Photo by: Shutterstock

Shutterstock

Pluto and Neptune Swap Places Every 248 Years

By: Reuben Westmaas

The farthest planet in our solar system varies.

August 01, 2019

Pluto has had a rough time of it. Sure, the Earth is full of people wearing novelty T-shirts proclaiming their loyalty to what used to be called the smallest planet, but it doesn't change the fact that scientists won't let it back in the planet club. At least it got a couple years of being the farthest planet from the sun before having its status ripped away. Except, if you were alive between 1979 and 1999, then the farthest planet in the solar system was Neptune for a few years of your life.

The Cosmic Dance

Once you get all the way out to the far reaches of the solar system, things start operating at a much slower pace. Think of it this way: Pluto was discovered in 1930 and it had its planet status revoked in 2006. In the 76 years between those two dates, it had only covered about three-tenths of its orbit around the sun. It won't be until 2178 that it will complete its first full "year" since its discovery. Who knows what we'll be counting as a planet then?

Because the orbit of Pluto is 248 Earth years, that's exactly how often we get to spot another quirk of the black sheep astral body. Every so often, Pluto's elliptical orbit brings it closer to the sun than its nearest neighbor, Neptune. It's all about the perihelions.

The perihelion is the point at which an object is closest to the sun, while the aphelion is the point that it's farthest. These two points are generally measured in AU (astronomical units). One AU is the average distance between the Earth and the sun: about 93 million miles (150 million kilometers).

For context, the Earth's perihelion is 0.98 AU and its aphelion is 1.01 AU — thanks to our mostly circular orbit, there's not a huge difference between the closest and the farthest points. But since Pluto's orbit is so elliptical, its perihelion is much, much, much closer to the sun than its aphelion. At the farthest point, it's 49.5 AU away (in other words, almost 50 times farther from the sun than the Earth is), but it swings up to 29.7 AU at its closest. By contrast, Neptune's orbit is almost as circular as Earth's, ranging from 30.4 AU to 29.8 AU. That means that every single time Pluto makes an orbit, its closest point comes in 0.1 AU (9.3 million miles, or 15 million kilometers) closer than the ice giant next door.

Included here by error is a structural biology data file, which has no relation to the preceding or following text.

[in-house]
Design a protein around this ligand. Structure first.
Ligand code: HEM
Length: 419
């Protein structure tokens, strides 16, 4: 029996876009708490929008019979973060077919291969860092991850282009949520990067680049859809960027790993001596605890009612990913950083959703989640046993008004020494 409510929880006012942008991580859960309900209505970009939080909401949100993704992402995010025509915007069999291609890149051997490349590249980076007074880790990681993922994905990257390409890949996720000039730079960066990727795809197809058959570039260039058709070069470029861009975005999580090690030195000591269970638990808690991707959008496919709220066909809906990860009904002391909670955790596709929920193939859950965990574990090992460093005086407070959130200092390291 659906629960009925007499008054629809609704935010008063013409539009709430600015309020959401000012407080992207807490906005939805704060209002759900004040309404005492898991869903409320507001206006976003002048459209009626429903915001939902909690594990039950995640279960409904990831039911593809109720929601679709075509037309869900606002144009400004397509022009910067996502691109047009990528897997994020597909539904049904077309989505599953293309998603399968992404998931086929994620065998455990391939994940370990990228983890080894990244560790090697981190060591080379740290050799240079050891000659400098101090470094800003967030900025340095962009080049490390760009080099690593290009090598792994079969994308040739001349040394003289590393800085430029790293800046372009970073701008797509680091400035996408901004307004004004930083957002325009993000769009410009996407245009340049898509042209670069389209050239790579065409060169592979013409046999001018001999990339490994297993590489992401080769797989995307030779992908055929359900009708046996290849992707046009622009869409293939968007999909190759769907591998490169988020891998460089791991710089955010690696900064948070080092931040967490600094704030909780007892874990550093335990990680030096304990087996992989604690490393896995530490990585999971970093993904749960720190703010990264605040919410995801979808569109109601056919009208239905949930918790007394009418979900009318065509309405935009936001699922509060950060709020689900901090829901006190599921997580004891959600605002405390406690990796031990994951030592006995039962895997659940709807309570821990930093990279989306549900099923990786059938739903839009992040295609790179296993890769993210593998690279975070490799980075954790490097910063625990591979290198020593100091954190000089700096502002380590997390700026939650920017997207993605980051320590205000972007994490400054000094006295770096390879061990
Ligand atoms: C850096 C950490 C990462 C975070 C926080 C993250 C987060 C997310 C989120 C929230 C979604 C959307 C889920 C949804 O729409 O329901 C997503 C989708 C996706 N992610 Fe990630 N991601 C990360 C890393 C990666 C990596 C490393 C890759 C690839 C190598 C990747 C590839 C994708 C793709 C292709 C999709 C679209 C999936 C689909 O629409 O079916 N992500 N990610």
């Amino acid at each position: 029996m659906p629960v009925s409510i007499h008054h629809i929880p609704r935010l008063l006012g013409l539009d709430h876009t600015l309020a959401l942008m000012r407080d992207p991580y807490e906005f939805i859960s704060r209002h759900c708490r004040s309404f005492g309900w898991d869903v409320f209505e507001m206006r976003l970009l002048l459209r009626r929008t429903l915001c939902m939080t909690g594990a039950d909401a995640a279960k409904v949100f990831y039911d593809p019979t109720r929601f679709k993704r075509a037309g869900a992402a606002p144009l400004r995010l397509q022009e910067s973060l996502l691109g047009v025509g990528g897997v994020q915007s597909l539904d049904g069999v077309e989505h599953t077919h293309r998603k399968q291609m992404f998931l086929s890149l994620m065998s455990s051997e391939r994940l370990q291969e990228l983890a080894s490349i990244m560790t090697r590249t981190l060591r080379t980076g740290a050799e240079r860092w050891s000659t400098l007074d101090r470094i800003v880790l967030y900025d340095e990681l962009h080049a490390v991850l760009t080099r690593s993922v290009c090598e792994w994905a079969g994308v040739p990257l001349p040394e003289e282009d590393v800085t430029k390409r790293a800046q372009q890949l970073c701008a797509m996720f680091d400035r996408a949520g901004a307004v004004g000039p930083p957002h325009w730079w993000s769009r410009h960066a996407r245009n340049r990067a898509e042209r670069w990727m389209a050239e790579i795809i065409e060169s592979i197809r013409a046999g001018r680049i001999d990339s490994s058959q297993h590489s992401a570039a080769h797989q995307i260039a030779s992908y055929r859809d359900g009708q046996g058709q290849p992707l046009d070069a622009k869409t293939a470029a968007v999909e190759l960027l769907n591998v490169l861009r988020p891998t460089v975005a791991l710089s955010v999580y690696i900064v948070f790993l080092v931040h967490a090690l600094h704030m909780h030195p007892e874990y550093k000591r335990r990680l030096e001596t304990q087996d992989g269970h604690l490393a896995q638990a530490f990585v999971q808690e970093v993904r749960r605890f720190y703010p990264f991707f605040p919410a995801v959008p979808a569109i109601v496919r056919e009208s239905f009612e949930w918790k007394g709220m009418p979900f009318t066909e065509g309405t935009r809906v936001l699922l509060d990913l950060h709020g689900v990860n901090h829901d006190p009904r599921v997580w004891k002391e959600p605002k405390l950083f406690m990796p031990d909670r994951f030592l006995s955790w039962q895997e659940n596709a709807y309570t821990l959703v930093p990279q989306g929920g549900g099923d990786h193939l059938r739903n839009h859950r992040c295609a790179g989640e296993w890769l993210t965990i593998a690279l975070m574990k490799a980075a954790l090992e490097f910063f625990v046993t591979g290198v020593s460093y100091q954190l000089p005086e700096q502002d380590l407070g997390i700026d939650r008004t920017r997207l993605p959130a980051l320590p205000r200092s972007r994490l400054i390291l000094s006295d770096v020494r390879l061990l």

Wacky Ways

The fact that Pluto's orbit is so stretched out and elliptical isn't the only strange thing about it. It's also inclined at an angle of 17 degrees. While all of the eight planets (it's still painful to write that) lie in a relatively flat plane in relation to the sun, Pluto's orbit is at a sharp angle to the rest, like a seesaw stuck in one position. Although its strange orbit didn't play a role in disqualifying Pluto for planethood, it probably comes down to the same factor: size. Scientists aren't positive, but the leading explanation for Pluto's weird behavior is that it's just so small that Neptune has a significant effect on its motion. Over the past 4.5 billion years, the smaller body has been buffeted and slingshotted by the gravity of the larger planet, and the result is an orbit that's unlike any planet's (but not unlike that of other objects in the Kuiper Belt). We'll say this: Pluto may have lost its planet status, but with all of its weirdness, it will never lose its place in our hearts.

This article first appeared on Curiosity.com.

Next Up

The Secret of Pluto’s Ocean

When we think of an ocean, we don't necessarily think of Pluto. If we can’t see the liquid water, why do astronomers think it’s there?

Why Does Pluto Have Such a Weird Orbit?

Pluto is the black sheep of the planets in our solar system and it looks like astronomers aren’t sure how long Pluto will remain in its present orbit.

For the Love of Pluto

As we celebrate the 90th anniversary of Pluto’s discovery, we are forced to examine and reflect on the planetary status of the formerly recognized 9th planet in our solar system. #TeamPluto premieres Tuesday, February 18th at 11pm ET/PT on Discovery and Discovery GO.

Get Celestial with Lowell Observatory LIVE!

Our friends at Lowell Observatory are serving up our solar system on a platter live!

Celebrating Hubble's 30 Year Legacy

Three cheers for the Hubble! First launched in 1990 aboard the Space Shuttle Discovery, the storied space telescope is celebrating is thirtieth year in lonely orbit around the Earth.

May Sky Watch: What to Look Out For This Month

Whether you can see it from home or stream it online, here are some of May's wonderous celestial events.

How Did the Solar System Form?

How did our solar system form? It's a pretty simple and straightforward question, but as with most things in science, simple and straightforward doesn't necessarily mean easy.

Following Blue Origin’s NS-12 Rocket Launch

Blue Origin, Billionaire Jeff Bezos’ spaceflight company, is rescheduled to launch its NS-12 reusable spacecraft on Wednesday, December 11. Watch it LIVE.

Lowell Observatory Astronomers Celebrate Hubble

Astronomers from Lowell Observatory in Flagstaff, Arizona celebrate the 30th Anniversary of the Hubble Space Telescope with personal stories from their research.

Check out the Earth’s 800,000 Year Old Battle Wound

Scientists may have discovered the location of an ancient buried crater, a result of a meteorite that barreled into the Earth some 800,000 years ago.